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Sickle cell disease: an international survey of results of HLA-identical sibling hematopoietic stem cell transplantation

Eliane Gluckman, Barbara Cappelli, Francoise Bernaudin, Myriam Labopin, Fernanda Volt, Jeanette Carreras, Belinda Pinto Simões, Alina Ferster, Sophie Dupont, Josu de la Fuente, Jean-Hugues Dalle, Marco Zecca, Mark C. Walters, Lakshmanan Krishnamurti, Monica Bhatia, Kathryn Leung, Gregory Yanik, Joanne Kurtzberg, Nathalie Dhedin, Mathieu Kuentz, Gerard Michel, Jane Apperley, Patrick Lutz, Bénédicte Neven, Yves Bertrand, Jean Pierre Vannier, Mouhab Ayas, Marina Cavazzana, Susanne Matthes-Martin, Vanderson Rocha, Hanadi Elayoubi, Chantal Kenzey, Peter Bader, Franco Locatelli, Annalisa Ruggeri and Mary Eapen

Key points

  • HLA-identical sibling transplantation for SCD offers excellent long-term survival.

  • Mortality risk is higher for older patients; EFS has improved in patients transplanted after 2006.

Abstract

Despite advances in supportive therapy to prevent complications of sickle cell disease (SCD), access to care is not universal. Hematopoietic cell transplantation is, to date, the only curative therapy for SCD, but its application is limited by availability of a suitable HLA-matched donor and lack of awareness of the benefits of transplant. Included in this study are 1000 recipients of HLA-identical sibling transplants performed between 1986 and 2013 and reported to the European Blood and Marrow Transplant, Eurocord and the Center for International Blood and Marrow Transplant Research. The primary endpoint was event-free survival, defined as being alive without graft failure; risk factors were studied using Cox regression model. The median age at transplantation was 9 years and the median follow-up, longer than 5 years. Most patients received a myeloablative conditioning regimen (n=873; 87%) and the remainder, reduced-intensity conditioning regimens (n=125; 13%). Bone marrow was the predominant stem cell source (n=839; 84%), while peripheral blood and cord blood progenitors were used in 73 (7%) and 88 patients (9%), respectively. The 5-year event-free and overall survival was 91.4% (95% CI 89.6%-93.3%) and 92.9% (95% CI 91.1%-94.6%), respectively. Event-free survival was lower with increasing age at transplantation (hazard ratio [HR] 1.09; p<0.001) and higher for transplantations performed after 2006 (HR 0.95, p=0.013). Twenty-three patients experienced graft failure; 70 patients (7%) died, the most common cause of death being infection. The excellent outcome of a cohort transplanted over 3 decades confirms the role of HLA-identical sibling transplantation for children and adults with SCD.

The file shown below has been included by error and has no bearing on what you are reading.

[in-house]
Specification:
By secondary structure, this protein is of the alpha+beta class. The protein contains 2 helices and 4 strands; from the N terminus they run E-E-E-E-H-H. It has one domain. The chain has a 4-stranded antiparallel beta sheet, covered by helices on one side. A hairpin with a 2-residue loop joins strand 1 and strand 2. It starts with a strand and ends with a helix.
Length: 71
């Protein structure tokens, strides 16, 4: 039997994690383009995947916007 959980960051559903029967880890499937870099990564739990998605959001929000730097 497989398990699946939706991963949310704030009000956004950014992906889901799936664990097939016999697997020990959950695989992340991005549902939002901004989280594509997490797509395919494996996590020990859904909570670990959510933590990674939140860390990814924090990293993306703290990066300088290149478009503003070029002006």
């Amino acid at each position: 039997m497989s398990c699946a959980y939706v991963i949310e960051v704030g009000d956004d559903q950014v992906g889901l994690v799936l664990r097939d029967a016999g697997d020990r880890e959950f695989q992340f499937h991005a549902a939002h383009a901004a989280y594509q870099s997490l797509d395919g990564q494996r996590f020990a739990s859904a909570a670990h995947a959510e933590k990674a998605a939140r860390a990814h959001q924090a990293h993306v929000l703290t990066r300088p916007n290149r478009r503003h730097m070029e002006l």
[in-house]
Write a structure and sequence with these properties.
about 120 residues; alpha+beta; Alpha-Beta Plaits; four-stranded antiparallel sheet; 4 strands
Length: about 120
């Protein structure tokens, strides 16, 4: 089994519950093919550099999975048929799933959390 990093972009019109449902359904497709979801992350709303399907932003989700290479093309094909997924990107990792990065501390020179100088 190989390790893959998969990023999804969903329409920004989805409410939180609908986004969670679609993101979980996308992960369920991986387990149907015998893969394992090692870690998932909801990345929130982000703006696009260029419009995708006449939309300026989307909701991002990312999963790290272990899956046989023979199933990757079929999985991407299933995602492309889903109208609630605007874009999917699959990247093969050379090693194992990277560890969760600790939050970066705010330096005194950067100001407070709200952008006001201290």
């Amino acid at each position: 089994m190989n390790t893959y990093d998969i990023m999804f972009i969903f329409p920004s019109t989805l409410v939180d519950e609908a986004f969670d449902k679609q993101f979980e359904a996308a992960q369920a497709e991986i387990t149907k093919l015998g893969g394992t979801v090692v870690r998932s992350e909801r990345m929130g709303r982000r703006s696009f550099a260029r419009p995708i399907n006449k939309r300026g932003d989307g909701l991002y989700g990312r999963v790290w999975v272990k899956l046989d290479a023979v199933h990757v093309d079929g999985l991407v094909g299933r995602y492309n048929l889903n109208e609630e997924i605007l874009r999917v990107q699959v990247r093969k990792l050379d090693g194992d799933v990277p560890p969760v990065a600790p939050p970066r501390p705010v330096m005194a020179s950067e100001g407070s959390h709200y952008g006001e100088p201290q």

• Submitted October 14, 2016.
  • Accepted December 1, 2016.